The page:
I don’t do smoothies but if you’re really serious about them, you probably will need a blender or a Vitamix. Definitely do your research because you can really vary your smoothie ingredients if you have the right machine. My friends who have Vitamixes love them but they are way more machine than I’d ever use. Also, the containers are plastic because the HP of those things is so powerful it would shatter a glass container. Huge footprint as well. You could probably put a baseball bat in a V and it would pulverize it into saw dust. They are really monsters.

      There are also smaller blenders for single servings. I’ve got my parents’ old Oster beehive, it’s also a workhorse but it’s heavy and the IP is such a great little tool, I never use the big blender anymore. Good luck!

  • Mmmm that lemon pasta looks good!

    I have been following along with your Joy of One series with my own series the Luxury of Less: http://frangipani.bloomfields.net.au/family/category/minimalism/

    You had one coat – I had four. You had one pair of shoes – I had 7.

    When I first saw this post I got excited, I thought it might be my lowest count yet as I only have 2 fry pans, but it wasn’t to be as I soon realized you were counting all your pots and pans which means I know I have quite a few more. I will have to count and take some pics and I will add it to my series.

    Thank you for this series I am finding it really inspirational. Wondering what you will count next has kept me on my toes and I find that I am getting rid of clutter with the thought “I don’t want to get caught out if that’s what Francine counts next!” :-)

  • Paul B

    I like this post very much indeed – it has made me think about minimalism in the kitchen, which is somewhere I can, on occasion, overlook. Time to check my cupboards methinks :)

  • Janet

    I have 1 pot too – this reminded me I need to find it a better lid. I also only use 1 pot. It is big enough to hold soup for my family and I can cook anything else in it I’d use the set of different sized pots for. Looking forward to your next Joy of One.

    • Janet

      oops – I pot and 1 pan.

      • Karen T.

        Me too — one pot and one pan. My pan sounds a lot like Francine’s, though I successfully cook eggs in it often! BTW, the one pot and one pan are used for just my husband and me most of the time, but I always make enough for leftovers, and I can cook plenty to include our adult son who visits for dinner or brunch most weekends.

  • Betsy

    If the pan you pictured in this article is the one you actually purchased you made a great decision. For years I would purchase inexpensive pans over and over. What I spent in a year could have gone towards one great forever pan. I finally purchased the pan in your picture a year and a half ago and it is perfect! It does the job and is so easy to clean……also it’s made in the U.S.A. I’m embarrassed to say it took me years to figure out how one better quality item is a much more worthwhile and economical purchase.

  • laura m.

    I have aSatinless pan similar to that of yours use it for stir fry and sauteing meats, etc, also have stainless (heavy duty) 8 and 10 inch I bake meats in or reheat leftovers using broiler in oven. Also have a med size cast iron one. I do not bake with glass bake ware, always thought it was “iffy”. Never bought sets, like to pick out open stock like TJ Maxx or Ross outlets. It’s just two of us and we do not entertain.

  • Dylan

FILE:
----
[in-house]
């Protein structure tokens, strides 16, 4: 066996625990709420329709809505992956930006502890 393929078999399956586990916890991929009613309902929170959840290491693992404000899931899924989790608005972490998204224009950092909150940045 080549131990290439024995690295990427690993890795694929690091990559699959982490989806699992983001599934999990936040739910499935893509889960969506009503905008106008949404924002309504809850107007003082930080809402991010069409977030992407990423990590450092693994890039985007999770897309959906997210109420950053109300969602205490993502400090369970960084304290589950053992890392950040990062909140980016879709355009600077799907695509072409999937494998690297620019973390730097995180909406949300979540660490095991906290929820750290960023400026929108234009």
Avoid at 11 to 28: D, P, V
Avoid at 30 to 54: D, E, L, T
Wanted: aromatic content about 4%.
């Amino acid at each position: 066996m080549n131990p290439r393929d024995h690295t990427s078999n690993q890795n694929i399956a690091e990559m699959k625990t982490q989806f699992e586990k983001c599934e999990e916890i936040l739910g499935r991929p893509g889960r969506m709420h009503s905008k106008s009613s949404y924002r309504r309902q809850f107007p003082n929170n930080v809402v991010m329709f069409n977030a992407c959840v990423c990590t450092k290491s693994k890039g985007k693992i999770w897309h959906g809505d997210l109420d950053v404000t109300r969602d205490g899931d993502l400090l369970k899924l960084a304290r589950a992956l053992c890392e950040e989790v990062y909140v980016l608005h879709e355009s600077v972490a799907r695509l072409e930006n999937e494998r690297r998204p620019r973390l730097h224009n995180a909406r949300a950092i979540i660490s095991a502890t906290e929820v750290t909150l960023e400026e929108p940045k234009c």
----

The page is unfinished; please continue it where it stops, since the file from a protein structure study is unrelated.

Do you not eat rice and oatmeal? I can’t really see cooking these types of things in a saute pan. I need at least a saucepan and a Dutch oven since I eat brown rice and beans pretty much daily and I like cooking enough for 3-4 days at a time, plus I cook beans from dry. I’ve got a Cuisinart saute pan, they are really great for stir fries, heating veggie burgers and beetballs, making curries and tomato sauces. But for soups and stews, and cooking batches of brown rice and oatmeal, or for cooking beans on the stove or in the oven, it’s not something I’d pull out.

  • Diana

    Nice pan.

    I make overnight fridge oats for work. It makes life simple when I pack all of the work meals & lunch boxes I don’t have to think much.
    I have a designated container for each person: oats, water, almond milk or coconut milk, chia seeds & frozen berries. Give the contents a quick shake & leave overnight in the fridge.
    I have flirted with different overnight oat combinations but this is the common favorite. Easy to make, easy to clean up, exactly portioned per person.

    I like this entry. I could use some simple reliable kitchen routines.

    • Karen T.

      Overnight oats work great without a pot — I second that! You can also do it in the morning (and have a warm bowl) if you boil water in a kettle to pour over the oats, chopped apple, raisins, whatever. Let it sit while you make your bed and it’s ready to eat.

  • […] This series was inspired by Francine at Miss Minimalist who is doing a series The Joy of One, where she is blogging about the items she owns one of. One coat, one pair of shoes, one pen etc. You can see her post, The Joy of One Pan here. […]

  • I went and counted my pots and pans, I have a few more than 1! You can see my count here in my Luxury of Less series where I am following Francine’s lead and counting my stuff.
    http://frangipani.bloomfields.net.au/family/minimalism/luxury-of-less-pots-pans/
    :-)

  • Marissa

    Like you Francine, I have finally purchased an All-Clad 8-inch stainless steal pan that was made in the United States and I love it! 8D My aunt bought my last Cuisinart 8-inch stainless steel pan from me and that pan was made in China. It was a good pan, but I must say, my All-Clad one is exceptional! It is so much better than my old pan and cooks my food faster! I was also planning on buying the All-Clad pan because even though I don’t buy Made in USA stuff most of the time, I would prefer to buy local and I care about quality cookware a lot. I even have two Le Creuset pots I saved up for and paid cash for each one! I don’t use my bigger one a lot, but when I need to cook something big, I always go to that pot! If you really want baller cookware and don’t mind how heavy it is, get Le Creuset cookware. It is the master cookware and a lot of the pots with lids and I think the sauce pans are made in France! At least my two pots are. I even checked before buying them just to be sure. > _<; However, some of their products are made in China, but regardless, the cookware is still exceptional.